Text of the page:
Burnaby, B.C., mom and nurse Rika Johnson is getting a tattoo in memory of her husband, Jeremy.
“We were together for 25 years and he passed a week before our wedding anniversary,” Johnson said.
Johnson, Jeremy, and their two sons all contracted COVID-19 around Easter of this year. She had yet to receive a first dose of vaccine.
“I was watching to see how people’s reactions were because I’m quite sensitive and I get really sick from the flu shot,” Johnson said. “So I wanted to just kind of wait it out a little bit.”
“I was always going to get it, but I didn’t want to get sick and then have to miss work from getting the shot.”
Jeremy ended up in hospital — first Burnaby Hospital, then Royal Columbian Hospital in New Westminster.
“I’d love to get back to normal, 100 per cent,” Johnson said at the time.
“I want my life back to normal with my husband.”
That sense of normalcy never returned. Jeremy would fight complications from the disease for five months. He died on Aug. 13.
Johnson’s sister, Aiyana Collins, was also hesitant about getting immunized, and then she saw Jeremy.
“Seeing him hooked up to the machines and on life support, it was like reality slapped me in the face,” Collins said.
“This could have been me. This could have been any one of us.”
Both sisters are now immunized against COVID-19 and are speaking out following recent anti-vaccine protests outside B.C. hospitals.
“It does frustrate me because there are people in there that are fighting for their lives who have COVID,” Collins said. “You have people in there who are going through hell and back, like my family did.”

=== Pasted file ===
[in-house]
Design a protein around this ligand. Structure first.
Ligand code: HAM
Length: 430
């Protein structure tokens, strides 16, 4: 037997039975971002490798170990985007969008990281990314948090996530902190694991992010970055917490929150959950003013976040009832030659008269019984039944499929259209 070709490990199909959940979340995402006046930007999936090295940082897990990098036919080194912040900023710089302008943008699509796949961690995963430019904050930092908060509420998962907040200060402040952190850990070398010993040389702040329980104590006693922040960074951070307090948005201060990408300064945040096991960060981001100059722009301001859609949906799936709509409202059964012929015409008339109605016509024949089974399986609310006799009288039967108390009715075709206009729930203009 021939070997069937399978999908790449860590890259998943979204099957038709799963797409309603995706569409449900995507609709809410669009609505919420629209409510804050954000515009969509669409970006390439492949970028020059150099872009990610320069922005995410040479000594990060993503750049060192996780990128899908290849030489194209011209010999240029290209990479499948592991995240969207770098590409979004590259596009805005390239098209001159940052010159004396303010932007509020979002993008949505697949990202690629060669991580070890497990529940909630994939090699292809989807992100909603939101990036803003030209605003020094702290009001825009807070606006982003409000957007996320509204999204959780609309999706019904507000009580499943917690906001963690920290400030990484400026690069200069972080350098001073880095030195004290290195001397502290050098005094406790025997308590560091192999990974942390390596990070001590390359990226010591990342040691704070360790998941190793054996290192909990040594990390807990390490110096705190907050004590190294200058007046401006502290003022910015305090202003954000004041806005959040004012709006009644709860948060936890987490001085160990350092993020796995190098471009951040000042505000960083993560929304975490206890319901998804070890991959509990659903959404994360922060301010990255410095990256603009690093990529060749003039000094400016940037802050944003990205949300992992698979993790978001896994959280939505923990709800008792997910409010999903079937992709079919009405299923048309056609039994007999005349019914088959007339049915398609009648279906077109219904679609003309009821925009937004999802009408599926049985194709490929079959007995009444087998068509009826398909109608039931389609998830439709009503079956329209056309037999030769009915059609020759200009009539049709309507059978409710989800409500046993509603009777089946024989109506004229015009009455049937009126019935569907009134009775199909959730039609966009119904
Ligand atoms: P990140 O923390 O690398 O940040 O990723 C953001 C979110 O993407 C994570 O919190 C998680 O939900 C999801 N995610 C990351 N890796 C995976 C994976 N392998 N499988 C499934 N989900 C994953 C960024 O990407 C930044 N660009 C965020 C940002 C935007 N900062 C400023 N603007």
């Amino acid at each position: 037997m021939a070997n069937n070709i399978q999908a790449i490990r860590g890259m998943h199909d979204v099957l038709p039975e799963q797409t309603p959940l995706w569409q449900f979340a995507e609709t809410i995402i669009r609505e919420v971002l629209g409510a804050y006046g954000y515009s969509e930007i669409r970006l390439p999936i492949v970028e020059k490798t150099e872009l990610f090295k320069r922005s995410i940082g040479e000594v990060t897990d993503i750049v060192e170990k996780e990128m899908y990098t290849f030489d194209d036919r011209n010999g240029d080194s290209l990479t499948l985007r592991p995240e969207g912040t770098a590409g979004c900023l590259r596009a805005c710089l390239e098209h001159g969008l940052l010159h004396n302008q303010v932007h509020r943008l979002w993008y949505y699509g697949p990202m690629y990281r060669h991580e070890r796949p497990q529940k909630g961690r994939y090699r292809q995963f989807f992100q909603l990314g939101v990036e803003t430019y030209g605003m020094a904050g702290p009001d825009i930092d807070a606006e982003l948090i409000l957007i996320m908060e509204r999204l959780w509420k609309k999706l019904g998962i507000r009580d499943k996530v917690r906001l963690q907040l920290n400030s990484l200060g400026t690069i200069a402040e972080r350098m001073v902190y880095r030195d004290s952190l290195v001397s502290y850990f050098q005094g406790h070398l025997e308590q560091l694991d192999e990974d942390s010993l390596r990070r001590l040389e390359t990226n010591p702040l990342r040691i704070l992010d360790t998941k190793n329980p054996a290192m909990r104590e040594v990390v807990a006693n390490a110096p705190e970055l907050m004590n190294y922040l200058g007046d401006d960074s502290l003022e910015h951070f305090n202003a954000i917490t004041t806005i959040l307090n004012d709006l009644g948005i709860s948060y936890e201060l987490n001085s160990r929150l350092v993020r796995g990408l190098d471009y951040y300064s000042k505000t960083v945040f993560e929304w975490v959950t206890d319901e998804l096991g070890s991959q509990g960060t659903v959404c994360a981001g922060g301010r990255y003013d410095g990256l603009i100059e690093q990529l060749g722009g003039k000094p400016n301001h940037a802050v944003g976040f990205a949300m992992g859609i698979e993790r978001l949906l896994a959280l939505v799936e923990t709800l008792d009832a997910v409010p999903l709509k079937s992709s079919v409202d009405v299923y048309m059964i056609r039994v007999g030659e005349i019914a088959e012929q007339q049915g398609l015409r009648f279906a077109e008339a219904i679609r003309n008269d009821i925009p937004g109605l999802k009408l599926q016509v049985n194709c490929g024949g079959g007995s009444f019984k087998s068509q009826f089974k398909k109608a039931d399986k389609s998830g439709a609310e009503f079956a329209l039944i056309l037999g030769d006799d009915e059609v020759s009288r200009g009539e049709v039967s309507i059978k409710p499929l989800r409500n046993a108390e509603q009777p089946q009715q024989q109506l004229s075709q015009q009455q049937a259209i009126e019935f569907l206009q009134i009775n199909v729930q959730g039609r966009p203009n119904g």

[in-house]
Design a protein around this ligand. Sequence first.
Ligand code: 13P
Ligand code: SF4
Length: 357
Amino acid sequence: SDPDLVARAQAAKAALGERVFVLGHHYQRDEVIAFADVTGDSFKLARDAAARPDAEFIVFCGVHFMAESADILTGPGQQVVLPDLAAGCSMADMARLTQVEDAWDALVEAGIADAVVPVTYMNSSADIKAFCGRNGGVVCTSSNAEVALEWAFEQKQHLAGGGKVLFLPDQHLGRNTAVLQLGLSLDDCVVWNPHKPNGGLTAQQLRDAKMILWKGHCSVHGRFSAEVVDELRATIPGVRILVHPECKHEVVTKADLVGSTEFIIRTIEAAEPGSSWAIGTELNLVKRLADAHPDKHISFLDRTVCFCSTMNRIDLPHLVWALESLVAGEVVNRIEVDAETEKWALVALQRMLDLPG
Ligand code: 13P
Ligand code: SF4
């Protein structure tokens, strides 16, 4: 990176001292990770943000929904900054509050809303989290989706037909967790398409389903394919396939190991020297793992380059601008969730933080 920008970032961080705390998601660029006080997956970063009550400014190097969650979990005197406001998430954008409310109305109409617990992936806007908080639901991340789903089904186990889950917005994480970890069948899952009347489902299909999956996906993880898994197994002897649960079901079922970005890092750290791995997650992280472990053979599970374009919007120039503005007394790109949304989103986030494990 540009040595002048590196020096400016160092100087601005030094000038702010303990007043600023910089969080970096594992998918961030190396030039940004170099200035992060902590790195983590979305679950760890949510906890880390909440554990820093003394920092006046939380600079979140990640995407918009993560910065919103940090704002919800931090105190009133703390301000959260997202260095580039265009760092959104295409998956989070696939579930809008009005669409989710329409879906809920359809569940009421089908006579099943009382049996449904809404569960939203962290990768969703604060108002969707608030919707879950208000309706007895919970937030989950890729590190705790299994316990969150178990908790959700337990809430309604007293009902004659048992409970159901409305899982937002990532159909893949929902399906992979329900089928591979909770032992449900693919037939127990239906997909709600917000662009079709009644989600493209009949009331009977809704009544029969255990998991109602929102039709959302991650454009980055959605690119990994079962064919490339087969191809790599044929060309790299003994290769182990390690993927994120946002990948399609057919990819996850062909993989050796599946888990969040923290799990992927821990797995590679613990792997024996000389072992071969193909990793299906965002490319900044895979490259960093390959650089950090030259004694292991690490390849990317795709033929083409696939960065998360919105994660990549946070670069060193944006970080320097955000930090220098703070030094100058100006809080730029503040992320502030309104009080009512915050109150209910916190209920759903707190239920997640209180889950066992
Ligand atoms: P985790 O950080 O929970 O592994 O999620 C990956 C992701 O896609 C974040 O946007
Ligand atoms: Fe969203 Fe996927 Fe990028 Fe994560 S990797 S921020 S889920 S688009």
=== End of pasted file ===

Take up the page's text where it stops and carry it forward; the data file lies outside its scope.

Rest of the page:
An online fundraiser has been set up to help the family, who are struggling to recover from a series of misfortunes.
With the arrival of B.C.’s vaccine card system coming soon, Collins offered this advice: “If Jeremy never caught COVID, he would be here today. If Jeremy caught the flu, he would be here today.
“The next time somebody wants to scream that it’s a violation of your personal rights and freedoms, just remember it’s you taking away the rights and freedoms for others to actually live.”
Johnson said she doesn’t want others to go through what her family experienced.
“You don’t want to end up like Jeremy,” she said. “He was 44 years old and he leaves behind a 12-year-old and a 16-year-old, and me.”
“If you don’t want to die at whatever age you are, regardless if you’re young or old, then you should consider getting the vaccine.
“Because I got the vaccine. I’m fine and I’m not going to let my children be without both of their parents.”